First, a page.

Patients’, Health Care Professionals’ Reporting of Comorbidities, Symptoms Varies in Breast Cancer


The study findings indicate that health care professionals significantly underreport symptoms compared to patients with breast cancer, with reported comorbidities varying.

New study findings suggest that there are discrepancies between patient- and clinician-reported comorbidities and symptoms in breast cancer.

Comorbidities and symptoms in patients with metastatic breast cancer can impact treatment options, eligibility for clinical trials, and influence prognosis and quality of life. It is unclear whether physician documentation or patient-reported symptoms and health conditions more accurately reflect the medical history of a patient; however, clinician documentation typically remains the standard when assessing adverse events, symptoms, comorbidities, and estimating prognoses.

Patient receiving chemotherapy

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A study published in Cancer Medicine evaluated the similarities between patient reports and physician documentation of comorbidities and symptoms to accurately document patients with breast cancer and identify comorbidities and symptoms reported by patients rather than physicians. The investigators also aimed to understand whether patient-reported or physician-reported symptoms and comorbidities are more predictive of patient survival.

A total of 168 patients 29 to 86 years of age with metastatic breast cancer were included in the study. Patients completed an intake survey to assess their health history, comorbidities, and symptoms. The surveys asked patients to report whether or not they experienced 1 or more of 54 comorbidities (“Has a physician told you that you have any of the following health conditions?”) and 1 or more of 42 symptoms (“During the past week, have you had any of the following symptoms?”). Comorbidities were defined as conditions that were documented in the past medical history, disease specific problem list, or as a diagnosis in the assessment, whereas symptoms were defined as any symptom included in the clinical note narrative, review of systems, or as an item in the assessment and plan portion of the clinic note.

The highest comorbidities documented by physicians were obesity, hypertension, and thyroid disease, whereas the highest comorbidities reported by patients were hypertension, depression, and arthritis. Further, 23 of 54 comorbidities had a moderate to high level of agreement between patients and physicians. Agreement between patients and physicians was highest for diabetes, hypertension, and thyroid disease, moderate for asthma, bronchitis, lung disease, and depression, and low for anxiety, arthritis, obesity, stomach ulcers, and gastroesophageal reflux disease (GERD).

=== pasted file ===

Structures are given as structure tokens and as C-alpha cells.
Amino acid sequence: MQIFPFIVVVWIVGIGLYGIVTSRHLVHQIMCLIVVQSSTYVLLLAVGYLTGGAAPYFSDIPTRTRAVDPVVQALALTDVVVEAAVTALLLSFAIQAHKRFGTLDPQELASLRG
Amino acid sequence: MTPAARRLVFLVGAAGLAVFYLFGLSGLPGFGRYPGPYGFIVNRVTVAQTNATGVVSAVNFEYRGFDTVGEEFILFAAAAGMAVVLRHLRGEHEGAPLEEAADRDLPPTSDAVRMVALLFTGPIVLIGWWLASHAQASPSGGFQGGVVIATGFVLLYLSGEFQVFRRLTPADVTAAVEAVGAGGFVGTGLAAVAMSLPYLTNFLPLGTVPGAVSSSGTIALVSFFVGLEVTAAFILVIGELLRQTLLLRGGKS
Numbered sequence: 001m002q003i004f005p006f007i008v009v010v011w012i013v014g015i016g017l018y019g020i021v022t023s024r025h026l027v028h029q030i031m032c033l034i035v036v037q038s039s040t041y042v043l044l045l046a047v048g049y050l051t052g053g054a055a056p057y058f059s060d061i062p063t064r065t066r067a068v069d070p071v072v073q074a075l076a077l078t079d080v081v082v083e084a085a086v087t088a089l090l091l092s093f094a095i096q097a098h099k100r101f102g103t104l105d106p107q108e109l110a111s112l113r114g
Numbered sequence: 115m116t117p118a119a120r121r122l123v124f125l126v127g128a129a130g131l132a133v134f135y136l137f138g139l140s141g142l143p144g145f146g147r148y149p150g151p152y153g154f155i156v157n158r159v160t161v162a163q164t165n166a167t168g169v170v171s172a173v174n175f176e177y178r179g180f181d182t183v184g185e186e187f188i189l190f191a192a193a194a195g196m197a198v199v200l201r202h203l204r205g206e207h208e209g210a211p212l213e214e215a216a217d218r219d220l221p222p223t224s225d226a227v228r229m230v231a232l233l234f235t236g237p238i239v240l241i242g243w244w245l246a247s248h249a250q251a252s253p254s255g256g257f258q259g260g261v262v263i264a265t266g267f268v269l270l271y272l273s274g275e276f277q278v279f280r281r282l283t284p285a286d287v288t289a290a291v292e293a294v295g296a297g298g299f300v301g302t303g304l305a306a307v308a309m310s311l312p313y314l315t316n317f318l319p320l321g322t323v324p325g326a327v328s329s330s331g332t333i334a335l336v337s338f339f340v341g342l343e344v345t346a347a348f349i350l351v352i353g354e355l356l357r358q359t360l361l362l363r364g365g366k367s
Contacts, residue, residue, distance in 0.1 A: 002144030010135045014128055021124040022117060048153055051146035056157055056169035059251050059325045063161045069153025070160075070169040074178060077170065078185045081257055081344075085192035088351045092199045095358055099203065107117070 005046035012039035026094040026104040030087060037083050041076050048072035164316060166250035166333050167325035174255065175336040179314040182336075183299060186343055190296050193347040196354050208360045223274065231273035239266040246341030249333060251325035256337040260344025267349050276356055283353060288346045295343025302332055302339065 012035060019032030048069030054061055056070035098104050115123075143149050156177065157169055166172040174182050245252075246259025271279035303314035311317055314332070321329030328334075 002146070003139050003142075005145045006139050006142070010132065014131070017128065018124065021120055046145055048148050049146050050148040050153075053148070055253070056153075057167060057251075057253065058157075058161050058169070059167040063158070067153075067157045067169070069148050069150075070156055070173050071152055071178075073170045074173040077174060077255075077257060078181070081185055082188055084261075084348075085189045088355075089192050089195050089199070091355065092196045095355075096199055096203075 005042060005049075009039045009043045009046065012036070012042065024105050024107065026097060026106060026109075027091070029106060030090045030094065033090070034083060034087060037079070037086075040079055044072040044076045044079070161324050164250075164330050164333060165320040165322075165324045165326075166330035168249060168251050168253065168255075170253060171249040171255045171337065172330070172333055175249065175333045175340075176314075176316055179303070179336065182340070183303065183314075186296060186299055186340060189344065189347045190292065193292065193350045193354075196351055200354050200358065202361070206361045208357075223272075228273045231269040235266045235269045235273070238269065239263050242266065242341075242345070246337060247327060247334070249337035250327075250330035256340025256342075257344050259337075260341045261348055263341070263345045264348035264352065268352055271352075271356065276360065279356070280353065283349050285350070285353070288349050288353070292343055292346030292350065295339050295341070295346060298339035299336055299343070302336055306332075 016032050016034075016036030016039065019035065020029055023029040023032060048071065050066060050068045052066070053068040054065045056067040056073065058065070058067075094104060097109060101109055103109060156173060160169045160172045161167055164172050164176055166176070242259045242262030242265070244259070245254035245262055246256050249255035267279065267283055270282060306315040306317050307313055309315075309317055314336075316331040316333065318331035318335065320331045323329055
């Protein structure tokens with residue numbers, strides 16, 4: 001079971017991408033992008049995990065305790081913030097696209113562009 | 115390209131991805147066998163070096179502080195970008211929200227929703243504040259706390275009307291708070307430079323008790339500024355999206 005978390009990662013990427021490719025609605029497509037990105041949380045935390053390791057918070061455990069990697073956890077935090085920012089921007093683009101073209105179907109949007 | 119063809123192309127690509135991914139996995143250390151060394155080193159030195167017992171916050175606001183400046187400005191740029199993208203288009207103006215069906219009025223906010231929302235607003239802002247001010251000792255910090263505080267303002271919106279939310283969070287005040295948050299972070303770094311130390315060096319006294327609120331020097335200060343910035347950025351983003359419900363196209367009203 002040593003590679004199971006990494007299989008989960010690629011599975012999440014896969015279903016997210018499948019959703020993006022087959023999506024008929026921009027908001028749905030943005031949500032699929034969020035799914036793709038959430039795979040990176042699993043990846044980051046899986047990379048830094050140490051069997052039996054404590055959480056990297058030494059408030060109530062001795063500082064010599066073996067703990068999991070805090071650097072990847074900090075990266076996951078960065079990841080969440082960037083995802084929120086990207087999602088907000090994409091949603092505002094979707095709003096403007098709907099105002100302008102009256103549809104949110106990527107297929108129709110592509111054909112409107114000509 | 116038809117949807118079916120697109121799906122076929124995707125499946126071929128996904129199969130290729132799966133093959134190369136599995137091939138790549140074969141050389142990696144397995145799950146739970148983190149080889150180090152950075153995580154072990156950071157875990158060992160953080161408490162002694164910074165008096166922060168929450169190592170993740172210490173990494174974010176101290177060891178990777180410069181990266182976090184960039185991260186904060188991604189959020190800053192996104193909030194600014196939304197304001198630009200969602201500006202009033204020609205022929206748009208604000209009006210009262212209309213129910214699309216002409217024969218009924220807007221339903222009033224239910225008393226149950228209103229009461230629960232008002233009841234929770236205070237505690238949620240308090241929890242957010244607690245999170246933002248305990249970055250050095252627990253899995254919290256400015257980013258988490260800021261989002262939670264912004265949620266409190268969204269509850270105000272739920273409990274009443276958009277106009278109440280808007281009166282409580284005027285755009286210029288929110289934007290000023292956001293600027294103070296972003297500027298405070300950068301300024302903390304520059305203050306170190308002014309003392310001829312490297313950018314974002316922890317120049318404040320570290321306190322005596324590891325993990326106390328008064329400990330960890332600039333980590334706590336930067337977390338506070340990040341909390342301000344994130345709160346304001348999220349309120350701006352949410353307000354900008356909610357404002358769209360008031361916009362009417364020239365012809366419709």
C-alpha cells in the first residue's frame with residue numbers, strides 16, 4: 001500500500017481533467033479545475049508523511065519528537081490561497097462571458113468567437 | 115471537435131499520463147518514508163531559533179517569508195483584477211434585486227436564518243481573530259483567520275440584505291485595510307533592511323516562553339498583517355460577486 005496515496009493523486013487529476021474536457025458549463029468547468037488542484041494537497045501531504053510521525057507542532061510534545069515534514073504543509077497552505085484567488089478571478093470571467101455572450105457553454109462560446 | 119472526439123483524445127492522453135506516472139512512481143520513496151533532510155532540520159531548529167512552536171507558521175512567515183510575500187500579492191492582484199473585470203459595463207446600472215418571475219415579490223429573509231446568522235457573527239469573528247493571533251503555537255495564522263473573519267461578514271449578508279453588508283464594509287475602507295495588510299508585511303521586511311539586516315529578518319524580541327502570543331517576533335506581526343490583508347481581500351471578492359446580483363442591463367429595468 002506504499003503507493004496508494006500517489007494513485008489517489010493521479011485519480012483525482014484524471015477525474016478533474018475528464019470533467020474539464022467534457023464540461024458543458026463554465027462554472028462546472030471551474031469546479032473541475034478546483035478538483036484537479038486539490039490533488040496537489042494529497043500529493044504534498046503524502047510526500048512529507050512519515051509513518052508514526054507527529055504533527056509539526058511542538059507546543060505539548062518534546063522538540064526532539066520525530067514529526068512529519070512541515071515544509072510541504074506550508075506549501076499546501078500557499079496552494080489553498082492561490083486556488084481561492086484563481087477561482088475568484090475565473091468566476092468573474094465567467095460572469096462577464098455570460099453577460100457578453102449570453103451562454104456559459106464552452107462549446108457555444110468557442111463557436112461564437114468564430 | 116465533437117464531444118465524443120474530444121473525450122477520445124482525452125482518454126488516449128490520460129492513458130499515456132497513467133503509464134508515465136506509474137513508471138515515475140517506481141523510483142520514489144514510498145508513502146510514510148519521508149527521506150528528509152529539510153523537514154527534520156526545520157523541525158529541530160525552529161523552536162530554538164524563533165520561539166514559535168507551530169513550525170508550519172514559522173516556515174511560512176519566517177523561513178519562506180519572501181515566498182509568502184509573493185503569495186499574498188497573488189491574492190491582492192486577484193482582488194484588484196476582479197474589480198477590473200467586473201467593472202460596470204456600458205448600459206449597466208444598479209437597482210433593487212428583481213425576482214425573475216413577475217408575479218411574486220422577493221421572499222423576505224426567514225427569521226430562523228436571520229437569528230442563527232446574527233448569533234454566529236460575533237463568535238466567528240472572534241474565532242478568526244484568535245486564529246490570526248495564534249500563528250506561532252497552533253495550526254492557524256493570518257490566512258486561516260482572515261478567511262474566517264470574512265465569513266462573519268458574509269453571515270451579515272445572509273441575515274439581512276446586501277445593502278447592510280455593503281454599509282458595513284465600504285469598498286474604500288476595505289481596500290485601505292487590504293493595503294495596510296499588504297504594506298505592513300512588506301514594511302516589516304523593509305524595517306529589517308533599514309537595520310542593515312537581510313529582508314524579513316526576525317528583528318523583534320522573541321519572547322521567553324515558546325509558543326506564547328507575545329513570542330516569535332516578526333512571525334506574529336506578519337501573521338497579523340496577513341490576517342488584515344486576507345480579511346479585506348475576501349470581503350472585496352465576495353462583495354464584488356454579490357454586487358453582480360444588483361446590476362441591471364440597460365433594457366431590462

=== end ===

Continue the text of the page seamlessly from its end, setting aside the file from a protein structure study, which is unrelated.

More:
The results indicate that concordance was higher for comorbidities than symptoms, due to them being subjective in nature. Physicians had documented higher numbers of comorbidities that could be objectively measured through testing and imaging (eg, diabetes, hypertension), whereas patients reported more comorbidities that were more subjective (eg, anxiety, GERD). Patient-reported stomach ulcers and GERD as well as clotting disorders were associated with significantly lower survival, and physician-documented migraine disease was significantly associated with increased survival (HR = 1.87, 3.47 and 0.21 respectively, p < 0.05).

Concordance between patient and physician reports of symptoms was poor for most symptoms, with only 2 of 42 symptoms having a moderate to high level of agreement between patients and physicians. In addition, pain, lack of energy, and anxiety were the most reported and documented symptoms by both patients and physicians. Except for changes in skin, patients reported higher percentages of a symptom than physicians had documented.

Gastrointestinal symptoms, for which there was a fair concordance, were diarrhea and nausea (κ = 0.34 and 0.24 respectively), while concordance for vomiting and constipation was poor (κ = 0.17 and 0.10 respectively). In addition, the only endocrinological symptom or symptom related to sexual function with fair concordance was hot flashes and hot flushes (κ = 0.26), while concordance was poor for vaginal dryness and night sweats (κ = 0.08 and 0.10, respectively). Further, shortness of breath had a moderate level of agreement (κ = 0.58), whereas pain, nausea, and anxiety had a fair agreement (κ = 0.27, 0.24, and 0.25, respectively). Other symptoms with poor agreement consisted of lack of energy, sadness, drowsiness, and lack of appetite (κ = 0.15, 0.05, 0.08, and 0.15, respectively).

It is important to note that although there was significant variability in the agreement between physicians and patients with breast cancer when reporting comorbidities, patient-reported symptoms were predictive of patient survival. The authors suggest that incorporating patient-reported symptoms—whether related to breast cancer or other comorbidities—could offer a more informative estimate of predicting survival assisting physicians in effectively assessing treatment options.


Umashankar, S, Basu, A, Esserman, L, van't Veer, L, Melisko, ME. Concordance between patient-reported and physician-documented comorbidities and symptoms among Stage 4 breast cancer patients. Cancer Med. 2023; 00: 1-12. doi:10.1002/cam4.6632

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